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User Storage SPI

You can use the User Storage SPI to write extensions to {project_name} to connect to external user databases and credential stores. The built-in LDAP and ActiveDirectory support is an implementation of this SPI in action. Out of the box, {project_name} uses its local database to create, update, and look up users and validate credentials. Often though, organizations have existing external proprietary user databases that they cannot migrate to {project_name}'s data model. For those situations, application developers can write implementations of the User Storage SPI to bridge the external user store and the internal user object model that {project_name} uses to log in users and manage them.

When the {project_name} runtime needs to look up a user, such as when a user is logging in, it performs a number of steps to locate the user. It first looks to see if the user is in the user cache; if the user is found it uses that in-memory representation. Then it looks for the user within the {project_name} local database. If the user is not found, it then loops through User Storage SPI provider implementations to perform the user query until one of them returns the user the runtime is looking for. The provider queries the external user store for the user and maps the external data representation of the user to {project_name}'s user metamodel.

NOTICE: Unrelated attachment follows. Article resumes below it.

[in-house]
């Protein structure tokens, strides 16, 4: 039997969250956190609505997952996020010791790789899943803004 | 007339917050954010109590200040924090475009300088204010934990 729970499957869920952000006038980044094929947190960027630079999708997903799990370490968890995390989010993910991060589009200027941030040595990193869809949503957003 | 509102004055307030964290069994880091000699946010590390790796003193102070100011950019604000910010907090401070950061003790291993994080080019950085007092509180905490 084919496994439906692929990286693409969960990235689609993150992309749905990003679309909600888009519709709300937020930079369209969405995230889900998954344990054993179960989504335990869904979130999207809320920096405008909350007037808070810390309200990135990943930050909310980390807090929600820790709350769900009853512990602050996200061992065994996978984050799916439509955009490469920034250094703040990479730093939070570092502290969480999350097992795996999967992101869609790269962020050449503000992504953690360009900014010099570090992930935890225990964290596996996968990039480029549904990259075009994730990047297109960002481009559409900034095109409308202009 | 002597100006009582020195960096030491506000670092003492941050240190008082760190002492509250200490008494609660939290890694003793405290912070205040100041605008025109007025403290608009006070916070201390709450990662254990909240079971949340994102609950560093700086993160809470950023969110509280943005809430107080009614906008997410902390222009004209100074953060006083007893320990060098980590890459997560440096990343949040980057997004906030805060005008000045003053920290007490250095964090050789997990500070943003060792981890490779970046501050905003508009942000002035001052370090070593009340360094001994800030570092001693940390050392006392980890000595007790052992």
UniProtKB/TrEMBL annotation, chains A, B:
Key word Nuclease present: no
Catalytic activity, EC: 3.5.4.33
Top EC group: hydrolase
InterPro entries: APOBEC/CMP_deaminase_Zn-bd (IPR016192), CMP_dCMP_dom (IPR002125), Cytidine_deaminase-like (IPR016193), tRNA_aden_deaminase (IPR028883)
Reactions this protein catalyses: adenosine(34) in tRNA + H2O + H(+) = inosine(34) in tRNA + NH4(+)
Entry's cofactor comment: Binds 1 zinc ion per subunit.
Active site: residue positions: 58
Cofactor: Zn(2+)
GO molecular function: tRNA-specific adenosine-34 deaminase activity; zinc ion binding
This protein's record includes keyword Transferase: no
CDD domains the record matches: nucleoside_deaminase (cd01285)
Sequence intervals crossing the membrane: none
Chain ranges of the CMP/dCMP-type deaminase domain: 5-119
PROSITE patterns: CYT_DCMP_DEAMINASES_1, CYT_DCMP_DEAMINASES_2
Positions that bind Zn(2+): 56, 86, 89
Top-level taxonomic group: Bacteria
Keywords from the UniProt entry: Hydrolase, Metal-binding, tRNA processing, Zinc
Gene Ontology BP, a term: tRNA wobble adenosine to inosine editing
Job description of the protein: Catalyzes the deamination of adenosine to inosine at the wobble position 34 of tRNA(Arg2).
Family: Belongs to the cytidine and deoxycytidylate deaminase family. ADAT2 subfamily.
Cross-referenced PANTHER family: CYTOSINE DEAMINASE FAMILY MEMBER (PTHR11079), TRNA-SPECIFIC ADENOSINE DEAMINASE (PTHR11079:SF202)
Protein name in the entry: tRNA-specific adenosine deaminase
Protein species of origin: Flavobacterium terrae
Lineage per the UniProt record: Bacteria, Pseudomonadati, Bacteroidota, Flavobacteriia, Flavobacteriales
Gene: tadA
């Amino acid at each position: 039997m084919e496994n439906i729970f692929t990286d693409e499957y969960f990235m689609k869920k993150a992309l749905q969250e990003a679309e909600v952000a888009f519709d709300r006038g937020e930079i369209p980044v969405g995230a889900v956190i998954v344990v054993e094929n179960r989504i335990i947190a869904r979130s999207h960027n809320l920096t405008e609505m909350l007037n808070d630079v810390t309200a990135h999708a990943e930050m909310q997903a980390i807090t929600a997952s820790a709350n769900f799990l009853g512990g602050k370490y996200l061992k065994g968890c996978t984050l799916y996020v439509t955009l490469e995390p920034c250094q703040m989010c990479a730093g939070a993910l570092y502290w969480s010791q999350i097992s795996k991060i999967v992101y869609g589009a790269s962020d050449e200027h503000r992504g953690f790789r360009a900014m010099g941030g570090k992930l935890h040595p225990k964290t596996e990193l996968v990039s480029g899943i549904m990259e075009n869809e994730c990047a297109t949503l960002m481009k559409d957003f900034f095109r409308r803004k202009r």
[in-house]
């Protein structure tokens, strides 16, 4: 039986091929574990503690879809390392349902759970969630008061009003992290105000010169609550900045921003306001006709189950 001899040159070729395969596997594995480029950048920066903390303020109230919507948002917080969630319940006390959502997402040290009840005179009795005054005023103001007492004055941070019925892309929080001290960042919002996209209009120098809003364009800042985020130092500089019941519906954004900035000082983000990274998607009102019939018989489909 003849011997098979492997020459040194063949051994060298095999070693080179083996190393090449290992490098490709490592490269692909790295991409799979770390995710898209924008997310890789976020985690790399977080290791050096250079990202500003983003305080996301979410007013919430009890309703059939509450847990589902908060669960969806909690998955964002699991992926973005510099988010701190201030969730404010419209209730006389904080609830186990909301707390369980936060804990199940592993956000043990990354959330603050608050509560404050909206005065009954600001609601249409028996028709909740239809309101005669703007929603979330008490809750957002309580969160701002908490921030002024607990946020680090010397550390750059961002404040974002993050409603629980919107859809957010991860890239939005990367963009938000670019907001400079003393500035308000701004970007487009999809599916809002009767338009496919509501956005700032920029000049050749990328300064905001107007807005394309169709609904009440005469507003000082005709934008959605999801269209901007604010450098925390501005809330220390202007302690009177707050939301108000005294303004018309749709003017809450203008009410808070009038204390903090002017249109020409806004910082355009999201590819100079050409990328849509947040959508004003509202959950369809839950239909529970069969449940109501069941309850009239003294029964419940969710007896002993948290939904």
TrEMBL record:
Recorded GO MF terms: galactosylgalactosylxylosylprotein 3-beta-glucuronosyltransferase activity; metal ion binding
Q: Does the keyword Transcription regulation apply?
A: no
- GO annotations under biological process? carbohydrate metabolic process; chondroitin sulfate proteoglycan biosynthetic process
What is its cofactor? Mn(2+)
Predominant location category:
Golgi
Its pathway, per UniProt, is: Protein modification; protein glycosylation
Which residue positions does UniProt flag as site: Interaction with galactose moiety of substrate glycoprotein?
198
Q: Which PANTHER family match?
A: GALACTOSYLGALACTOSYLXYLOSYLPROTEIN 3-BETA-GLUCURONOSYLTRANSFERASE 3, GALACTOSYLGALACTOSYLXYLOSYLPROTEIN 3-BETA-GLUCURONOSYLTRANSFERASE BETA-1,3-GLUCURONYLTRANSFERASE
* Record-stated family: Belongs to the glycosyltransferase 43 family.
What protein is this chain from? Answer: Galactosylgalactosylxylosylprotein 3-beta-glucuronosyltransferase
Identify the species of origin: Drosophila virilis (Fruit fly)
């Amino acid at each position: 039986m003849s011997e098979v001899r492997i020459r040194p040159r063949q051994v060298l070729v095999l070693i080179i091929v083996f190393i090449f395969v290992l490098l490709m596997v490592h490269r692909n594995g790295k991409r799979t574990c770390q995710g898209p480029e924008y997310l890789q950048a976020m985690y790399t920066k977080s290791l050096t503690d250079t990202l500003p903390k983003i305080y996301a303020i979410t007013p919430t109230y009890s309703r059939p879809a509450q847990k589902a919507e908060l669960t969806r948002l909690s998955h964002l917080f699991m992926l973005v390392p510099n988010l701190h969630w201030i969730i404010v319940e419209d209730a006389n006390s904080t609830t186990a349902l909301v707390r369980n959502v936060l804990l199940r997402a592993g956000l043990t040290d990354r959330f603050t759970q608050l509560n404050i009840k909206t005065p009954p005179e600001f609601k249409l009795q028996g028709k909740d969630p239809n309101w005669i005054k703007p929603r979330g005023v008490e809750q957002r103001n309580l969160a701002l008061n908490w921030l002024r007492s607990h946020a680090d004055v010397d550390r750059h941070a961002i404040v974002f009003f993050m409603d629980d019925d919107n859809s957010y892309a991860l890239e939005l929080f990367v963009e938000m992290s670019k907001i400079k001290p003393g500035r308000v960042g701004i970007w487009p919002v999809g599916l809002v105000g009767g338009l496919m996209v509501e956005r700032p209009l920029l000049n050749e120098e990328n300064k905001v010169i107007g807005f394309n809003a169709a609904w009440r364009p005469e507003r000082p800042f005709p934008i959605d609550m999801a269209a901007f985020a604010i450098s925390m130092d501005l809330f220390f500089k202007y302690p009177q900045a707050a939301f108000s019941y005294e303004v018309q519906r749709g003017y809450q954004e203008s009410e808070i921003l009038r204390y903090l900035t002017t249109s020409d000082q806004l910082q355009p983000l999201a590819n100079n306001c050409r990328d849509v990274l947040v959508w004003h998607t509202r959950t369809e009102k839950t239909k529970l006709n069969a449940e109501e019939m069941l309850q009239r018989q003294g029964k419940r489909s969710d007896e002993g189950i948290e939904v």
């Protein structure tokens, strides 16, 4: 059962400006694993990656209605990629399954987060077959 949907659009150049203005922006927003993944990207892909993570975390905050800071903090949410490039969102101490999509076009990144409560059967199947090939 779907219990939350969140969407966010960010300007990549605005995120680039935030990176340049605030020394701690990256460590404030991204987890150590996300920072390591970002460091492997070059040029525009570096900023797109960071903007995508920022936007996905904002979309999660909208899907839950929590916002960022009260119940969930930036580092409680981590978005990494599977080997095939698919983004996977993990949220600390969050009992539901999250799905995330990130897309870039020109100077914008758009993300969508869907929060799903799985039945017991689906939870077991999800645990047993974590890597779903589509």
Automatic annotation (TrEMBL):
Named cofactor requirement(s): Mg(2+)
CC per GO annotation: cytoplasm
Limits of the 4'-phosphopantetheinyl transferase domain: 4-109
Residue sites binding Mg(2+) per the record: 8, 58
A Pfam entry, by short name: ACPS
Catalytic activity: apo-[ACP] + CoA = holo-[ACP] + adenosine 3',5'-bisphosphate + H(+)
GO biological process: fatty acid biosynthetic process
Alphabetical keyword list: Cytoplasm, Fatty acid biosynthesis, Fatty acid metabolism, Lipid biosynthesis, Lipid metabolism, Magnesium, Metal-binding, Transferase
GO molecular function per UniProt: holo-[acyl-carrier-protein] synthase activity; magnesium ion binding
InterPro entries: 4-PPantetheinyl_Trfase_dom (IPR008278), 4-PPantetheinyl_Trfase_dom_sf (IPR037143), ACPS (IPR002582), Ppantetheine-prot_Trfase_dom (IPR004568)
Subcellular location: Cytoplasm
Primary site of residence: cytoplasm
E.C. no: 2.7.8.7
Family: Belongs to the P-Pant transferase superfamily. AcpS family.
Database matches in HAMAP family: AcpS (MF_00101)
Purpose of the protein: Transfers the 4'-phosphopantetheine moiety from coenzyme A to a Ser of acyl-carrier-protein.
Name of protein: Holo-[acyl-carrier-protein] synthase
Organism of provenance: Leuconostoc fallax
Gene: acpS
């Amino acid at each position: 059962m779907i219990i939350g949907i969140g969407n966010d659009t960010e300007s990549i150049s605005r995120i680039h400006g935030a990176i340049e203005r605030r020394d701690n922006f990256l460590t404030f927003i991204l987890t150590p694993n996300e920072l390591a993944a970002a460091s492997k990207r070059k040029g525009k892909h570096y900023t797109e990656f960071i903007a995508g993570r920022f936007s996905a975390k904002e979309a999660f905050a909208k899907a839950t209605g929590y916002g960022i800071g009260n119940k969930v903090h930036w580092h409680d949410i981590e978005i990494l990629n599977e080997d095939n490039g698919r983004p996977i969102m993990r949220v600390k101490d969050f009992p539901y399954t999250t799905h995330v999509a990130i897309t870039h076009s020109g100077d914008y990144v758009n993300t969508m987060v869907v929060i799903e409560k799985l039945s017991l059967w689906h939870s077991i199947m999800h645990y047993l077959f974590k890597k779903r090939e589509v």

User Storage SPI provider implementations can also perform complex criteria queries, perform CRUD operations on users, validate and manage credentials, or perform bulk updates of many users at once. It depends on the capabilities of the external store.

User Storage SPI provider implementations are packaged and deployed similarly to (and often are) Java EE components. They are not enabled by default, but instead must be enabled and configured per realm under the User Federation tab in the administration console.

If your user provider implementation is using some user attributes as the metadata attributes for linking/establishing the user identity, then please make sure that users are not able to edit the attributes and the corresponding attributes are read-only. The example is the LDAP_ID attribute, which the built-in {project_name} LDAP provider is using for to store the ID of the user on the LDAP server side. See the details in the Threat model mitigation chapter.